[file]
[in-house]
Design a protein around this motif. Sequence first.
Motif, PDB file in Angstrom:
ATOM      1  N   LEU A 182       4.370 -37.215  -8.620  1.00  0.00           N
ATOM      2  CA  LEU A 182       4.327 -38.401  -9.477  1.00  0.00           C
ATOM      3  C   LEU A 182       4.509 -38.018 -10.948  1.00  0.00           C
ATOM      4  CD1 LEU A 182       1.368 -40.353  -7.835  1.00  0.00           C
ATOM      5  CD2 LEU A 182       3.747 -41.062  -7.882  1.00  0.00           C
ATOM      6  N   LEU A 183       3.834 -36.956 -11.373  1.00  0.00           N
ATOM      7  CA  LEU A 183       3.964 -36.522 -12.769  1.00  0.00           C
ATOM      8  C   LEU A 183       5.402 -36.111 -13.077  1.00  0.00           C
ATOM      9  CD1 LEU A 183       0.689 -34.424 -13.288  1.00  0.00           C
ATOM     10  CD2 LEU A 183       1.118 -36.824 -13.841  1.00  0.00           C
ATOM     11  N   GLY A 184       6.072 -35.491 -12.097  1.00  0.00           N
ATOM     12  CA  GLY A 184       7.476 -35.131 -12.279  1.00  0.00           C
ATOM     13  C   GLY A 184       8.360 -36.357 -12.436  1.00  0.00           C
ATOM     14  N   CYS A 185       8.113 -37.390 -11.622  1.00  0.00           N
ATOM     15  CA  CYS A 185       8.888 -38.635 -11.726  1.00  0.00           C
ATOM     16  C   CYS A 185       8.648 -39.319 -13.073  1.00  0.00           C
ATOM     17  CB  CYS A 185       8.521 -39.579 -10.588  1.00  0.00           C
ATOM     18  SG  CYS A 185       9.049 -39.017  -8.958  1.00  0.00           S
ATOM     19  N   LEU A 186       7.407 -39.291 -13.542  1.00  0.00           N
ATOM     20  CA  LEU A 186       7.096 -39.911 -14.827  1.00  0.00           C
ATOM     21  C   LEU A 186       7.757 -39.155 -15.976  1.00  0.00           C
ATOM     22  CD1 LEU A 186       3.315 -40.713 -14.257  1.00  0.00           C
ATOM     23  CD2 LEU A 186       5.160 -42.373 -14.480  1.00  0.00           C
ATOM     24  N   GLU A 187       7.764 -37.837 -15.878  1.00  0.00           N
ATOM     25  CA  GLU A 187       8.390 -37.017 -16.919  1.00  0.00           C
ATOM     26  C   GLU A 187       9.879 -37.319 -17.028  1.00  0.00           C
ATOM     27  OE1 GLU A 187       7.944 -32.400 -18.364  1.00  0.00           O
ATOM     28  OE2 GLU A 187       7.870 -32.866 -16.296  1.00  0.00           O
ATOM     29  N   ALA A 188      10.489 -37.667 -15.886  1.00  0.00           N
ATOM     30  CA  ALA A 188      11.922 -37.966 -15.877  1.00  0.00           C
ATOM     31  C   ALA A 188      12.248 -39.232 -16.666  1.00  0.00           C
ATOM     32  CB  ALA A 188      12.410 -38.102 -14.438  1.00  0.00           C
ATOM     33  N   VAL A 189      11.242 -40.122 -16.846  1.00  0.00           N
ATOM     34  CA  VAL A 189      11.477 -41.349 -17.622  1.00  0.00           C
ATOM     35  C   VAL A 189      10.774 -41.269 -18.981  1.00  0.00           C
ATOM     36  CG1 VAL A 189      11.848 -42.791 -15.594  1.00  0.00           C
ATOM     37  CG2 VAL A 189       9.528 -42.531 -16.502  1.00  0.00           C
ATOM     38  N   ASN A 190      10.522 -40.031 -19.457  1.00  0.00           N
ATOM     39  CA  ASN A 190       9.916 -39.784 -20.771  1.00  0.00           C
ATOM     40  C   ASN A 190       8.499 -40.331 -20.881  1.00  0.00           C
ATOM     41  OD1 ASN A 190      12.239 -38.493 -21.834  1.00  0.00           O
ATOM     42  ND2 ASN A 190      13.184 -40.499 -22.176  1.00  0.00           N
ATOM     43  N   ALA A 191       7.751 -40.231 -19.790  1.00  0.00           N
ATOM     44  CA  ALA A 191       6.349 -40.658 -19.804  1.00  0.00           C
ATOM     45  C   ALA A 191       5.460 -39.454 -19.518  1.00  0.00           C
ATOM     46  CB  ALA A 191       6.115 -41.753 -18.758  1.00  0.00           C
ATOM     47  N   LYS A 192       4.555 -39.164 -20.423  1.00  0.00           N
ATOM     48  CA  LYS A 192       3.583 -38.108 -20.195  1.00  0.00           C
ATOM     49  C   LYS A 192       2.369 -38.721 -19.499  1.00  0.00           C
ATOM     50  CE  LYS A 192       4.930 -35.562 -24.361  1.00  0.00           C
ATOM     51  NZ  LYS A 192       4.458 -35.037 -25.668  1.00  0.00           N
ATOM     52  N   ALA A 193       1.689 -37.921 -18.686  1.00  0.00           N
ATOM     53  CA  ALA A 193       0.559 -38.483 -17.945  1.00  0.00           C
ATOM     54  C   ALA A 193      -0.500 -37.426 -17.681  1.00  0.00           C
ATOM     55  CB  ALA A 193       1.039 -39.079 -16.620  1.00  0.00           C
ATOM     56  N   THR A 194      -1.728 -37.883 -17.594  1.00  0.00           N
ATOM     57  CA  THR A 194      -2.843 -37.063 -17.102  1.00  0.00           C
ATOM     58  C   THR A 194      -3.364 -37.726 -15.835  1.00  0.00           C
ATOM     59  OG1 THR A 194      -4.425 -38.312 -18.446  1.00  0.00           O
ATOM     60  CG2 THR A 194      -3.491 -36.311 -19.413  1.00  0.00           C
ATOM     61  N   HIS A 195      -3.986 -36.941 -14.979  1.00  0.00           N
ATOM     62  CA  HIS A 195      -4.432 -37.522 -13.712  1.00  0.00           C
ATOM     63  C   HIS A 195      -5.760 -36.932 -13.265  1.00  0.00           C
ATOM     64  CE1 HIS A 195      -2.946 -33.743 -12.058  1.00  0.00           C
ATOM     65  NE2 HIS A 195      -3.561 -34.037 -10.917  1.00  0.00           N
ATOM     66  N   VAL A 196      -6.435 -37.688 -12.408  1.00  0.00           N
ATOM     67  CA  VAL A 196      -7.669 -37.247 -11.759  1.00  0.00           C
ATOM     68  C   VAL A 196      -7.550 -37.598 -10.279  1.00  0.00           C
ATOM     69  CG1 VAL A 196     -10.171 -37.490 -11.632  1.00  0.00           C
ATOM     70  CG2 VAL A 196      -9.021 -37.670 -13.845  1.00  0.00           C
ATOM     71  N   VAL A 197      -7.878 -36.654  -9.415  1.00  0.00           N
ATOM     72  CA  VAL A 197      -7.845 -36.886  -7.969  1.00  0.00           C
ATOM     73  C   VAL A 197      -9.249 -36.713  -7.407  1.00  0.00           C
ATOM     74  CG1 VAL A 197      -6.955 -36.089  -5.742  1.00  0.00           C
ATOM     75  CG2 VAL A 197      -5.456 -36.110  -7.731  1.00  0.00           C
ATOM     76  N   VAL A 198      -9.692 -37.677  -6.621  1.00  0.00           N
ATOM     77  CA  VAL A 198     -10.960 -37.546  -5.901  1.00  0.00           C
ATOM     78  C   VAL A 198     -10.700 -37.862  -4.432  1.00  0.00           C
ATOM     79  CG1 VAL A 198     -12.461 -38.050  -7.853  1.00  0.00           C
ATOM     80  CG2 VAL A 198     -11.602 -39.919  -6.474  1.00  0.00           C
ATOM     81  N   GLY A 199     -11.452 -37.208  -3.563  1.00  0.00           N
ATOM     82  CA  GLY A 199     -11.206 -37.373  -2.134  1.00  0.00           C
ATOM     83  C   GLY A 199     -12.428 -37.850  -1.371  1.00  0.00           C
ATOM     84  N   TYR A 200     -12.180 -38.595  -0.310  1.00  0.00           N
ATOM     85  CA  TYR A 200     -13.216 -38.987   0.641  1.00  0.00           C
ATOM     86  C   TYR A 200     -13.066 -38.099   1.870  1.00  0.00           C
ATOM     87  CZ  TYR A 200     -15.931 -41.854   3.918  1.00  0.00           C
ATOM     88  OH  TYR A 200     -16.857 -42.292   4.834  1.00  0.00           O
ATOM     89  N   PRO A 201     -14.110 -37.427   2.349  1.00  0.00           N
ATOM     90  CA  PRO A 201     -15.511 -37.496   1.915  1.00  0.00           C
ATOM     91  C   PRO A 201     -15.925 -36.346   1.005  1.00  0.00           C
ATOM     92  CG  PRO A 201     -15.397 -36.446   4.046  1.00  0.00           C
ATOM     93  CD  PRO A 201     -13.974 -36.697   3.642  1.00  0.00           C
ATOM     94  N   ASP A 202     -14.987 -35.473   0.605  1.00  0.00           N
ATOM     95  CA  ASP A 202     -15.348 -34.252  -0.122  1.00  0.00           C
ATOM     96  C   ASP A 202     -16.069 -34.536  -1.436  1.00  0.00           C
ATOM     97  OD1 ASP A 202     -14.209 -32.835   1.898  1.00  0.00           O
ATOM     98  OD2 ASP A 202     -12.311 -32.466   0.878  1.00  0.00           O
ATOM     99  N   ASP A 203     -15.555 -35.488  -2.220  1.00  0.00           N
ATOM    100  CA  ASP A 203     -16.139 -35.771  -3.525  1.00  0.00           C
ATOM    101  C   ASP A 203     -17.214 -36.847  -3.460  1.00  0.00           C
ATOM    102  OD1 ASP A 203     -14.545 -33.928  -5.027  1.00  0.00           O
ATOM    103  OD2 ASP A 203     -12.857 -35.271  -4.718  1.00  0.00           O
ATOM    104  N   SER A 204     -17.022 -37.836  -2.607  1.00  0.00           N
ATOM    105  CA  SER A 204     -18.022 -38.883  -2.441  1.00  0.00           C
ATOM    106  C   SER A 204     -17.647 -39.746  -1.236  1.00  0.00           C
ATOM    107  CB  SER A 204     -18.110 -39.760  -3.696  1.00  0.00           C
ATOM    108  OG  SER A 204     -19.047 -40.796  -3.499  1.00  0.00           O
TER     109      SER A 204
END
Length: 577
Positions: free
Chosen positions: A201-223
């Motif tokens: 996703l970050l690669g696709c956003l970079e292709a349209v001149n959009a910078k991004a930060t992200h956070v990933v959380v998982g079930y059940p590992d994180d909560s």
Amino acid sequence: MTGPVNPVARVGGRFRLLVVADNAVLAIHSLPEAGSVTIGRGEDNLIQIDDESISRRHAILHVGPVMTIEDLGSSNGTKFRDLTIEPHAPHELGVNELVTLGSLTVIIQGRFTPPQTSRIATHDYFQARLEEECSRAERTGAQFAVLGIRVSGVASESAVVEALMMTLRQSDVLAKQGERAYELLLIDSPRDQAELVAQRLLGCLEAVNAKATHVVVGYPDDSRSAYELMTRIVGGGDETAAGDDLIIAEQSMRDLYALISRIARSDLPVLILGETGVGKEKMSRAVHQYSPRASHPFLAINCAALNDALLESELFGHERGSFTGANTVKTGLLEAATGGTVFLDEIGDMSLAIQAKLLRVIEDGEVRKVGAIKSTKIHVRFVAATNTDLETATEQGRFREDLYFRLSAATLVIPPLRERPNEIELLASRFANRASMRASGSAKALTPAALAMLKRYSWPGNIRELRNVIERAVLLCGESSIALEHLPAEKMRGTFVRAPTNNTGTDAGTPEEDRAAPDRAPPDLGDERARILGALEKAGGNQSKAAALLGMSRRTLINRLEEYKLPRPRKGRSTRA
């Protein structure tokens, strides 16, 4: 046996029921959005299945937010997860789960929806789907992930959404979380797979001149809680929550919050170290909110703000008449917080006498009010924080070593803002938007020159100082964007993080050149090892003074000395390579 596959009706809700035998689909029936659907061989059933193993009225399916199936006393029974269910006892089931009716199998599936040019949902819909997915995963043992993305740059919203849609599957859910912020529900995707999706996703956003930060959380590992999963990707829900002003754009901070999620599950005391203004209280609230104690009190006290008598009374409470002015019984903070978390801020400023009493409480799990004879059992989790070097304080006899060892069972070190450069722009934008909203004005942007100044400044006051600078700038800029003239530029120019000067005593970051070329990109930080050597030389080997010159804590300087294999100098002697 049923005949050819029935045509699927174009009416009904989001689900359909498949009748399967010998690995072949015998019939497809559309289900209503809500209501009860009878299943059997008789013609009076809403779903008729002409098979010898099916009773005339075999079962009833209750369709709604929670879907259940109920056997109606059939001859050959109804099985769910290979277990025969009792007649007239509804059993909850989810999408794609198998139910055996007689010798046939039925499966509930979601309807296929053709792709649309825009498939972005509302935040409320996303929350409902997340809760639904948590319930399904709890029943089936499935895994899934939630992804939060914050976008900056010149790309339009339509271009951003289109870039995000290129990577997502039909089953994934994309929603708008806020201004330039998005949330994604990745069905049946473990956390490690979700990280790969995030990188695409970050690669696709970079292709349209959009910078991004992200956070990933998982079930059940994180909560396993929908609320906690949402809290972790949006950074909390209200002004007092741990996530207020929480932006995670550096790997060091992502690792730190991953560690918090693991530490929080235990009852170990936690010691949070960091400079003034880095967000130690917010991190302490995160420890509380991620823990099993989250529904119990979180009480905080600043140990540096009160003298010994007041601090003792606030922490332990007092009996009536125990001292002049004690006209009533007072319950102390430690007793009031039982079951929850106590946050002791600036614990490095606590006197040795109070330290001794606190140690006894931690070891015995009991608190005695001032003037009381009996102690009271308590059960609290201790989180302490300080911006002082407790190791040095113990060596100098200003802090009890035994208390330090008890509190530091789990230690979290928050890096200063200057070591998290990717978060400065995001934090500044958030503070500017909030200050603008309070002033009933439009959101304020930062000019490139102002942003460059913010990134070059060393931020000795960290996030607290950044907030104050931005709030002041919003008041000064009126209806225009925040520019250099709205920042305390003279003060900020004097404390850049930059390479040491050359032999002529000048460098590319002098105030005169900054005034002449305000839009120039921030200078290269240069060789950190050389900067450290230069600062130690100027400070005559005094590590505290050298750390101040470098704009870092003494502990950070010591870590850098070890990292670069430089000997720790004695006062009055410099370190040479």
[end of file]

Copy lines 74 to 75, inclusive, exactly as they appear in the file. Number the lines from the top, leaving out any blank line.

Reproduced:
ATOM     71  N   VAL A 197      -7.878 -36.654  -9.415  1.00  0.00           N
ATOM     72  CA  VAL A 197      -7.845 -36.886  -7.969  1.00  0.00           C